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Respect for Torah Reading


Rabbi Jonathan Blass

25 Cheshvan 5763
Since the whole Torah is equally sacred, with no part more significant then the next, then why are people allowed to sit generally for Torah reading yet we must stand up for the Ten Commandments?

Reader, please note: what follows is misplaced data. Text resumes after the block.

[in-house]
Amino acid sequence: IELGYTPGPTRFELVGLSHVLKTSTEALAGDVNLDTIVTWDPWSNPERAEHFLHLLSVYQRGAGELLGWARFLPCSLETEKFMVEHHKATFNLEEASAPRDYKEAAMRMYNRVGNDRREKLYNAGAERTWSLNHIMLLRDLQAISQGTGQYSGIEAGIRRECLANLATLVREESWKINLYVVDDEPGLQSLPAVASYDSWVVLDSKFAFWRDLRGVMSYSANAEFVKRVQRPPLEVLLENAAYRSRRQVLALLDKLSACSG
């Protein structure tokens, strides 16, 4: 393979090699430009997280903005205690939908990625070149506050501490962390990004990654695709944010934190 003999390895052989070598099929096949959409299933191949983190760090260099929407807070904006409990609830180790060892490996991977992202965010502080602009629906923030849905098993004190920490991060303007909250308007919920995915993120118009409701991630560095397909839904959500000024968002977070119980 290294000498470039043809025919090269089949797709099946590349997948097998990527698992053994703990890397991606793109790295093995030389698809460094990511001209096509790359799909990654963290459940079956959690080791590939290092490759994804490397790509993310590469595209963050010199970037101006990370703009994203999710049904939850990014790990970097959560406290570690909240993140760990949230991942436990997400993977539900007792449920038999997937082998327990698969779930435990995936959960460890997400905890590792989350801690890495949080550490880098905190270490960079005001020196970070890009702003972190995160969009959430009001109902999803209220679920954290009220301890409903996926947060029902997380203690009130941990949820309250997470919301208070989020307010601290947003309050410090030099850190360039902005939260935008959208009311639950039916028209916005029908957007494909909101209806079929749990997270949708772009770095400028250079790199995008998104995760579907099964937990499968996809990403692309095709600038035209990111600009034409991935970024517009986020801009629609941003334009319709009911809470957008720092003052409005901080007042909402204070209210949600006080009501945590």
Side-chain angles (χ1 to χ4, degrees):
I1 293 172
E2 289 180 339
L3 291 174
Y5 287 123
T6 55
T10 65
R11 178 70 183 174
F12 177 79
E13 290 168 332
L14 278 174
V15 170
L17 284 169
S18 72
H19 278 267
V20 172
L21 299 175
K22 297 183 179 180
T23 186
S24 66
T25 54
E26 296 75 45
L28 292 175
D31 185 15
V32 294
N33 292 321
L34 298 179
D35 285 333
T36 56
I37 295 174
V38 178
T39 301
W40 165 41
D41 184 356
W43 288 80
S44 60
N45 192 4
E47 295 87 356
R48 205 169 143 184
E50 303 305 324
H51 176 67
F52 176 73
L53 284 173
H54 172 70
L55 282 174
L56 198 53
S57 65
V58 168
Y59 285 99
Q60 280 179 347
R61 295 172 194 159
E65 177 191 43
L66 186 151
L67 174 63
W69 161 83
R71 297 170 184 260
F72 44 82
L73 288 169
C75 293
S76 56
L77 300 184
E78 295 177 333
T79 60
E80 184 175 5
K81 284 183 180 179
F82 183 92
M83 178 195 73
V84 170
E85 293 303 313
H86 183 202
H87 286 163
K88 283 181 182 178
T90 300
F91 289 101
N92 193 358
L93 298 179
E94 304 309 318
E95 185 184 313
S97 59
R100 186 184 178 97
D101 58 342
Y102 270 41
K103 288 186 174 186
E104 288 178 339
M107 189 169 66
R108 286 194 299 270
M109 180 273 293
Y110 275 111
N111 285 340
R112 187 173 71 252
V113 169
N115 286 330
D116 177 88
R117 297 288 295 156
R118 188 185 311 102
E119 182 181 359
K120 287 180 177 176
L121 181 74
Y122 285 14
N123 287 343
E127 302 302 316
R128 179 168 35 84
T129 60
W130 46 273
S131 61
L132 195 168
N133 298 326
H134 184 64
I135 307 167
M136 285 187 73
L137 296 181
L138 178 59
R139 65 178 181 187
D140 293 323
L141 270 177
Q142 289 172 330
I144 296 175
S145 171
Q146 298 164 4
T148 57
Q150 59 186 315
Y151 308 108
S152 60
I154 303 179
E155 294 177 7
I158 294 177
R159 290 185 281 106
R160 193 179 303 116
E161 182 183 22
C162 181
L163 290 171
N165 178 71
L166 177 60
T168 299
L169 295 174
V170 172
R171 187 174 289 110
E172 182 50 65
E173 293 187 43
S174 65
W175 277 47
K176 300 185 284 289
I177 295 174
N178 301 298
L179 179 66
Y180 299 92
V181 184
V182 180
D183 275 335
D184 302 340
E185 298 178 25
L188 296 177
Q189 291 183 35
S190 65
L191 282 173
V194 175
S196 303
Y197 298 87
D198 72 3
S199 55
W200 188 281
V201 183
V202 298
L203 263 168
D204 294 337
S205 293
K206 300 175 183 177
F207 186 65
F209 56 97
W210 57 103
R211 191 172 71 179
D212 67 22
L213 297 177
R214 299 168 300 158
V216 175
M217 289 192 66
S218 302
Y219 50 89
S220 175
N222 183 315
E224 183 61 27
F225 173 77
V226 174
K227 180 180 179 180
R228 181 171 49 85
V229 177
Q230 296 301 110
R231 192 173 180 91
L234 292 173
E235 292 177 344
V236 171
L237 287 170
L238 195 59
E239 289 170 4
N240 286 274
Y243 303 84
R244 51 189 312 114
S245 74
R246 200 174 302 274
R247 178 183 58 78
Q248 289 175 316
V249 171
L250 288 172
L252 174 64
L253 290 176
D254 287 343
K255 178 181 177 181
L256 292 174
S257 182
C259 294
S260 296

Rambam (responsa 263) opposes standing for the reading of the Ten Commandments for the reason you mention. Rav Ovadia Yosef (Shu”t Y’chave Daat 1,29) accepts this opinion. The Ashkenazi custom, however, is to stand for the reading of the Ten Commandments. This custom is explained by distinguishing between standing for the reading and the reading itself. The danger that we might mislead someone into thinking that only the Ten Commandment were G-d-given would be present only if we were to read the Ten Commandments and not the rest of the Torah. Reading all of the Torah but standing for the Ten Commandments highlights the fact that the giving of the Ten Commandments was accompanied by an encounter on a national level with the Divine Presence. (Tzitz Eliezer 14, 1). Moreover Ashkenazim stand also for Moshe’s song at the Red Sea, minimizing the potential for mistakenly thinking that only the Ten Commandment were G-d-given.
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